The sound of the drill, the feeling of hands and tools crammed in your mouth, that giant needle with a shot of numbing agent — going to the dentist is just no fun. Whether it’s a simple cleaning or more invasive dental work, those fun sunglasses to wear and TV to watch at modern dental practices do not help much at all.
It turns out that humans aren’t the only ones who don’t like going to the dentist. Fritz Mortimer, a 2.5-year-old adorable lab mix from Salt Lake City, Utah, was so excited to go for a ride with his mom Bret Mortimer. But it was their destination that threw Fritz for a loop.
Poor Fritz was headed to a doggie dentist for a regular teeth cleaning. Usually, when he has been boarded or even headed out for a trip to the vet, Fritz is super excited to see his human when he’s done. He gets to play with pals at the kennel and receives treats for a job well done at the vet.
But the doggie dentist only gave him minty fresh breath and a figurative bad taste in his mouth.
Bret knew something was up with Fritz when he climbed into the car. He wasn’t happy to see his mom at all. In fact, he would not even look at her.
“He won’t even look at me. Fritz, look at me.”
Bret quickly realized that her dog was literally giving her the cold shoulder. He sat in the front seat and stared out the window, his back to her.
When Bret called out his name, he refused to look at her, his owner and best friend who betrayed him with a teeth cleaning.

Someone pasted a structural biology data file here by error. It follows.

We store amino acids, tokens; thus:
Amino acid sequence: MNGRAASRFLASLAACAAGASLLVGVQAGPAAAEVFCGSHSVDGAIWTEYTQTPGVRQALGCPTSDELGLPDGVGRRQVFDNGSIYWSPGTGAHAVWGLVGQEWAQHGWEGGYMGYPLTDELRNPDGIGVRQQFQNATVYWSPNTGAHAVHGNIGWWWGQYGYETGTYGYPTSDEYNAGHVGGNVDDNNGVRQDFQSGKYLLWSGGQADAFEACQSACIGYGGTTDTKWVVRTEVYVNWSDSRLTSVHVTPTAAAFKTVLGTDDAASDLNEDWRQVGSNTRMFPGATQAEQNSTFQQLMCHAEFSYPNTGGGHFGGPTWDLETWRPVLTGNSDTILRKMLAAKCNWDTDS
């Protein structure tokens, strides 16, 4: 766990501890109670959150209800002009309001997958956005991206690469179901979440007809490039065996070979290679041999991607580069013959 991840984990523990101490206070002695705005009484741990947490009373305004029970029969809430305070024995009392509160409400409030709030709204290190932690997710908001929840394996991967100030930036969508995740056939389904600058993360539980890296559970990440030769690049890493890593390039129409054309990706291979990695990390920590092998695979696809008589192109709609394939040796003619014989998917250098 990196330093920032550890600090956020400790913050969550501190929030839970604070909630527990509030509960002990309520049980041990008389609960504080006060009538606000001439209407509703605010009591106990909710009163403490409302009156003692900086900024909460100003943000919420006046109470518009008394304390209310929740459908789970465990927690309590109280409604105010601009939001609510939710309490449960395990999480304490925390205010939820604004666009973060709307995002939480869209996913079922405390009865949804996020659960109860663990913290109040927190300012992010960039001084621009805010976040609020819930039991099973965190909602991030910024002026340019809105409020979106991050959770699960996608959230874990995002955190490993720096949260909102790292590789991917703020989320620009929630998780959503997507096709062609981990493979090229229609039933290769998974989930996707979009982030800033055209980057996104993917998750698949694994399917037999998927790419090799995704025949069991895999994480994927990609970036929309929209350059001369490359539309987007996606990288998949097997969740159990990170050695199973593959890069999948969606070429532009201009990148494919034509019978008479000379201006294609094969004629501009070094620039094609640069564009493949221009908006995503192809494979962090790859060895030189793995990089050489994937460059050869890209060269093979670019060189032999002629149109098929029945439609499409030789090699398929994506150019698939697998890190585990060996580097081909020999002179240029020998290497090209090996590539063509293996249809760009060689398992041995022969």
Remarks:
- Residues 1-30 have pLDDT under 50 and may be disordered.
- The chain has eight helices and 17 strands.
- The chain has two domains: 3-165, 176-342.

She whipped out her phone to capture Fritz’s bad attitude. At one point, it seems as if Fritz is even crying.
“Fritz was mad I took him to get his teeth cleaned and would not look at me afterward. The coldest shoulder. He’s a human trapped in a dog’s body, I swear.”
Bret shared the video snippet online where more than two million tweeters watched it. Some had a little fun with their comments.
“Oh, this is me when I’m mad at my boyfriend.”
Regular dental care is strongly advised for pets. They actually can suffer from the same oral health problems as humans, such as plaque, gum disease, tooth loss and cavities.
Gum disease, also known as periodontal disease, occurs five times as often in pets as it does in people. Surprisingly, more than 80 percent of dogs three years old and older suffer from periodontal disease. Larger breeds also are prone to experiencing broken or fractured teeth, especially voracious chewers.
Veterinarians recommend pet owners brush their pets’ teeth daily. But it’s also important to have an annual checkup where they’ll look for odd odor that’s a sign of gum disease, poor teeth, gum recession, and red, swollen or bleeding gums.
Fortunately, Fritz received a clean bill of health and eventually, he dropped the grudge he held against his mom. Watch as his extreme disappointment in his mom’s choices, as in sending him to the doggie dentist, boils over in the front seat of her vehicle. You’ll want to reach out and give him a big ol’ hug.
Fritz being mad bc I took him to the dentist: a thread pic.twitter.com/3FGtx265CI
— Bret (@bretmortimer) July 27, 2019
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Source: Inspire More